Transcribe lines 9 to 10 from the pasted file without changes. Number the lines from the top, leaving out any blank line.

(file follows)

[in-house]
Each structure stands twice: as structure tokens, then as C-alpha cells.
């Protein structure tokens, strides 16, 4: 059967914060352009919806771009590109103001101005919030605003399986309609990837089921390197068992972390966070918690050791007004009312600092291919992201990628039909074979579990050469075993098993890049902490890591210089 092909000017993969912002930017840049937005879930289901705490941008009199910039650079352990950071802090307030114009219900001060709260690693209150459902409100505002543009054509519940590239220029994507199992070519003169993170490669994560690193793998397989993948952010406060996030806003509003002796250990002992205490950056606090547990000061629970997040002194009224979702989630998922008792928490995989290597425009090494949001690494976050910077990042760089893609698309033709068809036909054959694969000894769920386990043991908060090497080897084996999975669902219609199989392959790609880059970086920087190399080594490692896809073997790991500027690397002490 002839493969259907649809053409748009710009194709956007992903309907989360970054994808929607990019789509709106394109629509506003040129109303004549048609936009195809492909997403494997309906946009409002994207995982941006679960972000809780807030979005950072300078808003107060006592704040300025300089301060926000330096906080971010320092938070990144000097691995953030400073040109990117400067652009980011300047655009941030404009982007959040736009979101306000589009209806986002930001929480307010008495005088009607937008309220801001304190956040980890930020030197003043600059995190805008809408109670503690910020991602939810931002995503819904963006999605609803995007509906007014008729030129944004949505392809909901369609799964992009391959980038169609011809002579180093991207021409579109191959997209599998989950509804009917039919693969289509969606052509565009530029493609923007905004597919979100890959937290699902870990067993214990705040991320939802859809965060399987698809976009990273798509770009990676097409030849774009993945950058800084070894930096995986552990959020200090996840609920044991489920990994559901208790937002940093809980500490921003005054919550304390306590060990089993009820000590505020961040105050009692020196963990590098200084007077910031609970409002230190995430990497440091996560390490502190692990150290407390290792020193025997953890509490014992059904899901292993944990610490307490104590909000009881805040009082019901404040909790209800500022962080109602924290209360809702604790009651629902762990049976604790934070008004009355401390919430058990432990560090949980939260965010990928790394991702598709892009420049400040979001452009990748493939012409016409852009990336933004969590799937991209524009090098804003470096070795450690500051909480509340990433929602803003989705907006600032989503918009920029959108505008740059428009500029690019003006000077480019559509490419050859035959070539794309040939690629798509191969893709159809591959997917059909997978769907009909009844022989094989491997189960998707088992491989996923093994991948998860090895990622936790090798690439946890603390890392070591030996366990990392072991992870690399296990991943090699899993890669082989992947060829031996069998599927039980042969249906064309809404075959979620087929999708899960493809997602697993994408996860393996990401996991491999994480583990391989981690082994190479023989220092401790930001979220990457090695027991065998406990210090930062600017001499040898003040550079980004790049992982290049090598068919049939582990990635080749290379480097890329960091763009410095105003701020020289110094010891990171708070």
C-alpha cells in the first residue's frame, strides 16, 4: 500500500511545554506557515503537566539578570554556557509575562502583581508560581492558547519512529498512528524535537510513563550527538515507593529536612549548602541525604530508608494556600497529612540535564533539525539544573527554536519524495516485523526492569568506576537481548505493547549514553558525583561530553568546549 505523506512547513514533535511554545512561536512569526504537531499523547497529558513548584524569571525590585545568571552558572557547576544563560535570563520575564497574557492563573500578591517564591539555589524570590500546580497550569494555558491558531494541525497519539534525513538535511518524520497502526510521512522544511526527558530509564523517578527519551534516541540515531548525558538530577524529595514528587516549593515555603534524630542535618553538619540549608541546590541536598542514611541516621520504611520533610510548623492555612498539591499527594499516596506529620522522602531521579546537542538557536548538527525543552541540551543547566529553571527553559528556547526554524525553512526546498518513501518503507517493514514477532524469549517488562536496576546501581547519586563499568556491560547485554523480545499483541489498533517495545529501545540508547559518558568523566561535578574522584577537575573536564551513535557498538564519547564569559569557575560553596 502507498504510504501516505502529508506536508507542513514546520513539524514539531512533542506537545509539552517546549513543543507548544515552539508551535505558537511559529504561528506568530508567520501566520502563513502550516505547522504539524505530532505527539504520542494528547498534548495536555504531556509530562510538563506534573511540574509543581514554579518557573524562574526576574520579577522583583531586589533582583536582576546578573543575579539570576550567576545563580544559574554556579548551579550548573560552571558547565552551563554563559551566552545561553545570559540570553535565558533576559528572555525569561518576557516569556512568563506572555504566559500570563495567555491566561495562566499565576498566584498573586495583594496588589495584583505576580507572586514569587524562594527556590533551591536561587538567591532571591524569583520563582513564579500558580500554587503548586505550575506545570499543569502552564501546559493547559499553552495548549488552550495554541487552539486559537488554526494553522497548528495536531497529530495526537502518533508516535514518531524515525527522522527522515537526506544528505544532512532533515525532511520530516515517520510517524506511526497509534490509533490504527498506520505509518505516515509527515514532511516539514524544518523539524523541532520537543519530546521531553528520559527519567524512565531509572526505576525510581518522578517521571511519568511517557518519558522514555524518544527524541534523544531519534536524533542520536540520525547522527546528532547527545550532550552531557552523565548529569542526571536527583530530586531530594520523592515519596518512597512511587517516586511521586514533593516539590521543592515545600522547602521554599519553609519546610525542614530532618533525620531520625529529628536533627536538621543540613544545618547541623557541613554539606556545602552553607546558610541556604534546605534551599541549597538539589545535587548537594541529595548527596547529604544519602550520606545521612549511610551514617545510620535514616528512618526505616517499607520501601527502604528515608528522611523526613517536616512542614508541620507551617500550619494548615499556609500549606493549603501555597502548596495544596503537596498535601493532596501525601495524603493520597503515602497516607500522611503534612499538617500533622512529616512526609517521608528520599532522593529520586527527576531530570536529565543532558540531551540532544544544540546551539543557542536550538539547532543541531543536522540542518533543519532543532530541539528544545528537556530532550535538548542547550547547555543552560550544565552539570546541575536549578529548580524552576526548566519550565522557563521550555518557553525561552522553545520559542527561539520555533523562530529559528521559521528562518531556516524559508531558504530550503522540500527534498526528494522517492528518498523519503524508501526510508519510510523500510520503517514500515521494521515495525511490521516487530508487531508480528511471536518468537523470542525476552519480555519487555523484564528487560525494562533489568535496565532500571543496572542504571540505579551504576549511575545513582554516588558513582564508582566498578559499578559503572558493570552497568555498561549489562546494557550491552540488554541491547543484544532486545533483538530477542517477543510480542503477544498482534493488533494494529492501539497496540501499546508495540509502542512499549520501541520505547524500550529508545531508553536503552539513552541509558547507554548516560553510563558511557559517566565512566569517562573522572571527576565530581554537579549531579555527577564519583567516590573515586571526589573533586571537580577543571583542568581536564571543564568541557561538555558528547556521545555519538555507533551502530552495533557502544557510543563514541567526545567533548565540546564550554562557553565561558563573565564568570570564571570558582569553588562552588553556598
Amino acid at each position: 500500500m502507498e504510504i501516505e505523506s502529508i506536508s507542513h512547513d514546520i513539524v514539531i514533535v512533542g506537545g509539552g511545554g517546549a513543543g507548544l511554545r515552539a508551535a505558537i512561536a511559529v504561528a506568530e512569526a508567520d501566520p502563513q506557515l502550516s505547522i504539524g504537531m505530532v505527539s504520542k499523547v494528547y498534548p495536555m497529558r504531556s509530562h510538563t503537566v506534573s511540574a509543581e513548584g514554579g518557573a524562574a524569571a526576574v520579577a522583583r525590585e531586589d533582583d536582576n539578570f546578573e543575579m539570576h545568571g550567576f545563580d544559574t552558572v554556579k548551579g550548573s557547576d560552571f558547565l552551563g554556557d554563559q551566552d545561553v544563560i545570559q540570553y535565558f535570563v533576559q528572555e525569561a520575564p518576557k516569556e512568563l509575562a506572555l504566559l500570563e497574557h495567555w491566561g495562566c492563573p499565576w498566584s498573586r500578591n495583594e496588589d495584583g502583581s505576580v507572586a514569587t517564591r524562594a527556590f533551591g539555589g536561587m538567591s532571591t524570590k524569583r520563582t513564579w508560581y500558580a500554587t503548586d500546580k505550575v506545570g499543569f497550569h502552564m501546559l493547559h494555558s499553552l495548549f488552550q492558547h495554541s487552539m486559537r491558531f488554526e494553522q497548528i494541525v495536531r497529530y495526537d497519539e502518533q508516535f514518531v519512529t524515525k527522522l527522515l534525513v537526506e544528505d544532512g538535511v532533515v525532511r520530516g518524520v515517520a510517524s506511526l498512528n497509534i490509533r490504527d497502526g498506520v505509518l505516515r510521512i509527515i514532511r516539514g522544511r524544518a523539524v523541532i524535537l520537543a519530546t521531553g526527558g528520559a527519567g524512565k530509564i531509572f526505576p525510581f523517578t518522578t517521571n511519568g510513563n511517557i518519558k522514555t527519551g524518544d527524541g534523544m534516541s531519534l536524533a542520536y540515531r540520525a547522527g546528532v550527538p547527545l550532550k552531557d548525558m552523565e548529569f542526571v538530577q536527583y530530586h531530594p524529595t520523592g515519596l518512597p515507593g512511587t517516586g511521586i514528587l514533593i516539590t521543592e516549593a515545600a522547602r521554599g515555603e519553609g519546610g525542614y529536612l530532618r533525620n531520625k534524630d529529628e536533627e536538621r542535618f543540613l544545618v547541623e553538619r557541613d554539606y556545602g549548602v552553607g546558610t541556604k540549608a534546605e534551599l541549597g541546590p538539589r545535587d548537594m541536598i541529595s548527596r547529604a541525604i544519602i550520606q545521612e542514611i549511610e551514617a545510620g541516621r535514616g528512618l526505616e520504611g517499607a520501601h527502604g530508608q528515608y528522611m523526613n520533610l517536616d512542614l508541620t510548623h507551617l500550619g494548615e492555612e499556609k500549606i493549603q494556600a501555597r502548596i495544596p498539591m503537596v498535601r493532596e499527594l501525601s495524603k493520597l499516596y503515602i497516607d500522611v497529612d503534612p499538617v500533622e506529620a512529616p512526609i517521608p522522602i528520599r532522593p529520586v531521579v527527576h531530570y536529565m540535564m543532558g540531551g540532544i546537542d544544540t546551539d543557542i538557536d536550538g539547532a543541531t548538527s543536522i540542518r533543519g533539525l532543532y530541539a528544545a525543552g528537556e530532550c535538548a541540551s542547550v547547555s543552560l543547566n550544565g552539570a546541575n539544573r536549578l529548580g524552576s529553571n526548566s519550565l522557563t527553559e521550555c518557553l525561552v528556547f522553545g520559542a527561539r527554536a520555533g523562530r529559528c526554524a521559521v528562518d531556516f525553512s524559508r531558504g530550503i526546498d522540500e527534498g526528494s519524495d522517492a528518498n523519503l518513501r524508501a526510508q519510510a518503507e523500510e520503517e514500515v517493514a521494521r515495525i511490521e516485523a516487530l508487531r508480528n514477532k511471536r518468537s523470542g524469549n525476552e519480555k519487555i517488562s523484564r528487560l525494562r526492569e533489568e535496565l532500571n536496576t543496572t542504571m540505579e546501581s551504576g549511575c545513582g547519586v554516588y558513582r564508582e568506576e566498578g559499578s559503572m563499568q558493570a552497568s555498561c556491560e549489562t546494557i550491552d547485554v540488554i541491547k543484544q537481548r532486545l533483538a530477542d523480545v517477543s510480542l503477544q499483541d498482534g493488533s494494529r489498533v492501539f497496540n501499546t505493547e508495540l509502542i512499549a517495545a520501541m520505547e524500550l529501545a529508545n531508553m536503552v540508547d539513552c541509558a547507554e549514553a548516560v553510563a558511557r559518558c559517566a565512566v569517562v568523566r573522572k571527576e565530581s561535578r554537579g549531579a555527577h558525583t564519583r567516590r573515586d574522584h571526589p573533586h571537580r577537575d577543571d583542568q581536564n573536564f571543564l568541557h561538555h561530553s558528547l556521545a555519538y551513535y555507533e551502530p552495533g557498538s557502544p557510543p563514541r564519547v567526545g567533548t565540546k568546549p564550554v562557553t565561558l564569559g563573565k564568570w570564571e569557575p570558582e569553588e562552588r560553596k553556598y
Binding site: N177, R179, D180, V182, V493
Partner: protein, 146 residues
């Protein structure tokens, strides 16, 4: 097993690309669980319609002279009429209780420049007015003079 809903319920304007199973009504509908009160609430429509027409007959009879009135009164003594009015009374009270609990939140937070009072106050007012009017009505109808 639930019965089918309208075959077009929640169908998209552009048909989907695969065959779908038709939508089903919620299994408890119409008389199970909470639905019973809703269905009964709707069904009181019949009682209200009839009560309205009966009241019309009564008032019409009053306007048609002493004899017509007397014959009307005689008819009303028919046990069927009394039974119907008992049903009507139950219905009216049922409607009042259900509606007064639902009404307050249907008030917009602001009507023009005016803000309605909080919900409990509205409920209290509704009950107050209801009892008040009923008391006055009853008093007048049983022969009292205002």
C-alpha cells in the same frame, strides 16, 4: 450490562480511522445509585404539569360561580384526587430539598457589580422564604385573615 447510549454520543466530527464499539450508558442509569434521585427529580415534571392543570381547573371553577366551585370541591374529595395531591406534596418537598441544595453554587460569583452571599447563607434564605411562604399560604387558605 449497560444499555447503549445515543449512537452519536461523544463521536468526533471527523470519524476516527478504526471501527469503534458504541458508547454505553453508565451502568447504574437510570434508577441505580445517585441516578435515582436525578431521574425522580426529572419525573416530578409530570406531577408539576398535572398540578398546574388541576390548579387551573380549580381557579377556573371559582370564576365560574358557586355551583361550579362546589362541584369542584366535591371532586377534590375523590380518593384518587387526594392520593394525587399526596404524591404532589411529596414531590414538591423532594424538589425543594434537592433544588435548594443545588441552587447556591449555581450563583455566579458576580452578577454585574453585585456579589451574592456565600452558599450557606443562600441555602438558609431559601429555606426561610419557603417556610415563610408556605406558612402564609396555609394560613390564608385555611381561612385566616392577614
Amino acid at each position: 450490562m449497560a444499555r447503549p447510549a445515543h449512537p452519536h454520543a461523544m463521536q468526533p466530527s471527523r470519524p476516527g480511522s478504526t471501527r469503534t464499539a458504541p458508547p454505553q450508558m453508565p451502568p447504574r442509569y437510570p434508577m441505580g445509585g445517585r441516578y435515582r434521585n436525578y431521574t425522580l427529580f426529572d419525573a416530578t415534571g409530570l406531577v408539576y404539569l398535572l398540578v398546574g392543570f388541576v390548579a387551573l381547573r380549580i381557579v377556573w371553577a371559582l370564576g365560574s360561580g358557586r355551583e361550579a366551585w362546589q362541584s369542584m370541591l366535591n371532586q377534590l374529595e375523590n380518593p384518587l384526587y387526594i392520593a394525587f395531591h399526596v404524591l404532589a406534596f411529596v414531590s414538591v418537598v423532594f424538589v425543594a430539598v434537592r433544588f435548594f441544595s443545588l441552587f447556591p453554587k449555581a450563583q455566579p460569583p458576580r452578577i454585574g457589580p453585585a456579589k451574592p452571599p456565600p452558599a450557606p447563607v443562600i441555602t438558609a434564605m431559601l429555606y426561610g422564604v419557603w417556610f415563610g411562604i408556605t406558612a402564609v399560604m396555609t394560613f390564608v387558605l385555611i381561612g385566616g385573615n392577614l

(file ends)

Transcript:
C-alpha cells in the same frame, strides 16, 4: 450490562480511522445509585404539569360561580384526587430539598457589580422564604385573615 447510549454520543466530527464499539450508558442509569434521585427529580415534571392543570381547573371553577366551585370541591374529595395531591406534596418537598441544595453554587460569583452571599447563607434564605411562604399560604387558605 449497560444499555447503549445515543449512537452519536461523544463521536468526533471527523470519524476516527478504526471501527469503534458504541458508547454505553453508565451502568447504574437510570434508577441505580445517585441516578435515582436525578431521574425522580426529572419525573416530578409530570406531577408539576398535572398540578398546574388541576390548579387551573380549580381557579377556573371559582370564576365560574358557586355551583361550579362546589362541584369542584366535591371532586377534590375523590380518593384518587387526594392520593394525587399526596404524591404532589411529596414531590414538591423532594424538589425543594434537592433544588435548594443545588441552587447556591449555581450563583455566579458576580452578577454585574453585585456579589451574592456565600452558599450557606443562600441555602438558609431559601429555606426561610419557603417556610415563610408556605406558612402564609396555609394560613390564608385555611381561612385566616392577614
Amino acid at each position: 450490562m449497560a444499555r447503549p447510549a445515543h449512537p452519536h454520543a461523544m463521536q468526533p466530527s471527523r470519524p476516527g480511522s478504526t471501527r469503534t464499539a458504541p458508547p454505553q450508558m453508565p451502568p447504574r442509569y437510570p434508577m441505580g445509585g445517585r441516578y435515582r434521585n436525578y431521574t425522580l427529580f426529572d419525573a416530578t415534571g409530570l406531577v408539576y404539569l398535572l398540578v398546574g392543570f388541576v390548579a387551573l381547573r380549580i381557579v377556573w371553577a371559582l370564576g365560574s360561580g358557586r355551583e361550579a366551585w362546589q362541584s369542584m370541591l366535591n371532586q377534590l374529595e375523590n380518593p384518587l384526587y387526594i392520593a394525587f395531591h399526596v404524591l404532589a406534596f411529596v414531590s414538591v418537598v423532594f424538589v425543594a430539598v434537592r433544588f435548594f441544595s443545588l441552587f447556591p453554587k449555581a450563583q455566579p460569583p458576580r452578577i454585574g457589580p453585585a456579589k451574592p452571599p456565600p452558599a450557606p447563607v443562600i441555602t438558609a434564605m431559601l429555606y426561610g422564604v419557603w417556610f415563610g411562604i408556605t406558612a402564609v399560604m396555609t394560613f390564608v387558605l385555611i381561612g385566616g385573615n392577614l